South Korea has voted in a new president, former human rights lawyer Moon Jae-in in a move that could see the country taking a more conciliatory approach towards North Korea.
The victory by the liberal politician ends the months of political unrest that eventually led to the impeachment of the former conservative president Park Geun-hye over alleged corruption. Park became the first democratically elected leader in South Korea to be removed from office, which triggered an election for the next president.
Park is awaiting trial for offering governmental favours to top businessmen, including Samsung heir Lee Jae-yong, who allegedly bribed her secret confidante, Choi Soon-sil.
Moon narrowly lost to Park in the last presidential election in 2012.
Moon, who was surrounded by his Democratic Party colleagues, told supporters on Tuesday night at the Gwanghwamun Square in Seoul: "I will make a just, united country. I will be a president who serves all the people who did not support me."
His victory was announced by the main television networks.
With 80% of the votes counted so far, Moon was ahead by a long shot with 40%, said the National Election Commission. His closest rival was former prosecutor Hong Joon-pyo with 25.5% followed by centrist Ahn Cheol-soo with 21.4%.
The results are in line with an exit poll by South Korea's three biggest broadcasters, which show Moon receiving 41.4% of the votes, beating 12 other candidates vying for the country's top post.
Voter turnout was the highest in 20 years at 77.2% but still short of the 80% expected.
A plurality of votes is enough for victory, Reuters reports.
Washington and Tokyo congratulate Moon
Seoul's most important ally on Tuesday congratulated Moon on his victory. "We look forward to working with president-elect Moon to continue to strengthen the alliance between the United States and the Republic of Korea and to deepen the enduring friendship and partnership between our two countries," White House Press Secretary Sean Spicer said in a statement.
Similarly, Japan's Prime Minister Shinzo Abe said: "Japan and South Korea are facing common challenges in East Asia, led by responses to the North Korean issue.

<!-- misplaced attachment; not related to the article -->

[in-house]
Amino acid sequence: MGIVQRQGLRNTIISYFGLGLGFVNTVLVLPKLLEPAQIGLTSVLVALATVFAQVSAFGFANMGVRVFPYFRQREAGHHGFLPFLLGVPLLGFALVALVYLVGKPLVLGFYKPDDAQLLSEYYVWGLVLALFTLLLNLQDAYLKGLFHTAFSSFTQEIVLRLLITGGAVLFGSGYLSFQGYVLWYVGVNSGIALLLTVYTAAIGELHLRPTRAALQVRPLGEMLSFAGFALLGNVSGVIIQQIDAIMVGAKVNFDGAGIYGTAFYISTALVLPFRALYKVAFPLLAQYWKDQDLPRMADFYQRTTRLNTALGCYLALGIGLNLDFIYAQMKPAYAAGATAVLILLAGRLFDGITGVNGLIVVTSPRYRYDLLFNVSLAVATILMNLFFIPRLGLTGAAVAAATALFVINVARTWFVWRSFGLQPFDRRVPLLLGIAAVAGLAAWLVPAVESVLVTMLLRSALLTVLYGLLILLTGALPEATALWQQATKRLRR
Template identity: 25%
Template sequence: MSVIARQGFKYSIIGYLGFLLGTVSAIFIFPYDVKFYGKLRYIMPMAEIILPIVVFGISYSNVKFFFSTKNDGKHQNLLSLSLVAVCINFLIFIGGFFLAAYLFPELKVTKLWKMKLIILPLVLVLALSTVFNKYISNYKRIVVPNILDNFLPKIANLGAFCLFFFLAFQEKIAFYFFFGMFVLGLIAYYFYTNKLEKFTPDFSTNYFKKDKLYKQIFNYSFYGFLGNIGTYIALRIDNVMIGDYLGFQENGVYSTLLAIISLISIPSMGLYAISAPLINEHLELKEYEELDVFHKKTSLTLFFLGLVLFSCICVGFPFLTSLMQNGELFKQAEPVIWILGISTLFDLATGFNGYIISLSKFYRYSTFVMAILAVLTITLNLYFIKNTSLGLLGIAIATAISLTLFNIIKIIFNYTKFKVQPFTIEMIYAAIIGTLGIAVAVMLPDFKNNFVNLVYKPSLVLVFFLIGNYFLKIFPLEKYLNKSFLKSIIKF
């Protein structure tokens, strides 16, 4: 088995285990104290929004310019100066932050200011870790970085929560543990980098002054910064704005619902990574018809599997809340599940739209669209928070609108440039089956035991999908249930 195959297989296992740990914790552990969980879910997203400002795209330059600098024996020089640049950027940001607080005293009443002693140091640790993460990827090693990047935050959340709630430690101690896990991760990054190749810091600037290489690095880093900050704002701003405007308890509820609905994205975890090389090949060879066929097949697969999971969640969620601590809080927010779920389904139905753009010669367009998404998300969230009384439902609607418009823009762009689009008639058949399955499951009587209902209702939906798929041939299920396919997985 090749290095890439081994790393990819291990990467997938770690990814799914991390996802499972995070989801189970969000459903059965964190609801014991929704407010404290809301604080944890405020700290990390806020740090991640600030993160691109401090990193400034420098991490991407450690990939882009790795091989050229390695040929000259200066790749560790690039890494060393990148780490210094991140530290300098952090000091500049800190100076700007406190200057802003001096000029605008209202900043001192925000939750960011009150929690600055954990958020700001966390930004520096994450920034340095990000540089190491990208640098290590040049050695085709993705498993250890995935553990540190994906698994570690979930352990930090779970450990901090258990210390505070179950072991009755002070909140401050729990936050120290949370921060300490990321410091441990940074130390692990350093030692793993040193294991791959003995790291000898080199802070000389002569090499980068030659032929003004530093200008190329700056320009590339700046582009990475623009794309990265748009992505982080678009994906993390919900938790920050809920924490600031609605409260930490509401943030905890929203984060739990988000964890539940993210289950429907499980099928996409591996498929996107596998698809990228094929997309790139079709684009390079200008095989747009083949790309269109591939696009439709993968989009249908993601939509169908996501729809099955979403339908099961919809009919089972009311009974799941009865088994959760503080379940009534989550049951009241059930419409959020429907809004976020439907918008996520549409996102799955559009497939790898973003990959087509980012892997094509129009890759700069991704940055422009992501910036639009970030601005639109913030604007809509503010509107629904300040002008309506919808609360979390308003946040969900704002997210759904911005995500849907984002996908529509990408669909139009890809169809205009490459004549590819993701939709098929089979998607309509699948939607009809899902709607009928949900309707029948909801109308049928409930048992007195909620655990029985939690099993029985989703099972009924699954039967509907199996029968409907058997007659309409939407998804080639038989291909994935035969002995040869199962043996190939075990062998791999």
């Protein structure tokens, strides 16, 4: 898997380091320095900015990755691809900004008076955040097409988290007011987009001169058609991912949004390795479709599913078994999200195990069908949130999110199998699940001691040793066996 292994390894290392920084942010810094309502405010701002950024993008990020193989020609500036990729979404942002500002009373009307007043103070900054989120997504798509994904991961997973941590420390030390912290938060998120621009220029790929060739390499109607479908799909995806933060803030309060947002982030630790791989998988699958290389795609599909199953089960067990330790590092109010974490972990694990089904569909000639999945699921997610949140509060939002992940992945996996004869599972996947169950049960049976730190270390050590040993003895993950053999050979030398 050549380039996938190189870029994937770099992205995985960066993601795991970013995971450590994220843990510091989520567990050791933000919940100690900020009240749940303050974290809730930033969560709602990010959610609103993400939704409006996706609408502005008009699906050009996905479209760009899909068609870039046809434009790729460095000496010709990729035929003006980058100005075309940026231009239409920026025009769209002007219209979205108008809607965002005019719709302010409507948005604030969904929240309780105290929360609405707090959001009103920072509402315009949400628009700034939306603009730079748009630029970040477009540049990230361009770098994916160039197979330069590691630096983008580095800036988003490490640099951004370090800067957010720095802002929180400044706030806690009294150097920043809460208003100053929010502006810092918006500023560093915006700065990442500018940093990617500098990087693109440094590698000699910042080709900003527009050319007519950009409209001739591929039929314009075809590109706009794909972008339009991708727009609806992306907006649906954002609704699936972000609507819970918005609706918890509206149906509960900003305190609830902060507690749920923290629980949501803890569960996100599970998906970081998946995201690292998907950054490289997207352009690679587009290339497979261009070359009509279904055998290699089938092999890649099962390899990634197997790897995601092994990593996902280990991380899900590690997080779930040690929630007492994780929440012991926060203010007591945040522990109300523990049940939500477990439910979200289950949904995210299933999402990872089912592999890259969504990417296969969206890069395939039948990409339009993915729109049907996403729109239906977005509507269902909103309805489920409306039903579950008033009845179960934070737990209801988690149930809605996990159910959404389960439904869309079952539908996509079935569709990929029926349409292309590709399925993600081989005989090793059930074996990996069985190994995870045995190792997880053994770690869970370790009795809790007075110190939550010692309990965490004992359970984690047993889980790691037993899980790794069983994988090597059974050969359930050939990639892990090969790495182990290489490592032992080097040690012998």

"I believe the two countries can further contribute to peace and prosperity of the region by working together," he added.
Moon accused of being soft on North Korea
Moon, has advocated dialogue with North Korea to ease the rising tension in the region. And like US President Donald Trump, Moon has also said that he would be willing to meet Kim Jong-un.
The former lawyer who has been accused of being 'soft on the North' also advocates the resumption of some of the inter-Korean projects that were shuttered by his predecessors, Channel News Asia reports.
Moon, Reuters, notes was a close friend and confidante of the late president Roh Moo-hyun, who advocated the Sunshine Policy of engaging with North Korea through aid and exchanges.
Deployment of Thaad to run into problems?
The deployment of the Terminal High Altitude Area Defence (THAAD) system could face some problems as Moon has criticised the move, saying the decision to deploy it was made too quickly and insisted that the next administration should have the final say on whether the system should be deployed.
In addition, Moon has also vowed to reform powerful family-run conglomerates such as Samsung and Hyundai and boost fiscal spending to create jobs.
Moon is expected to be sworn in as president on Wednesday (10 May) and has said that he will skip a lavish inauguration ceremony, opting instead to start work straight away.
The appointment of a prime minister will require parliamentary approval. The main cabinet posts, which includes national security and finance ministers however do not need parliamentary confirmation, Reuters reports.
Moon's Democratic Party holds 40% of the single-chamber, 299-seat assembly. This effectively means that he will have to work with other parties to have legislation passed.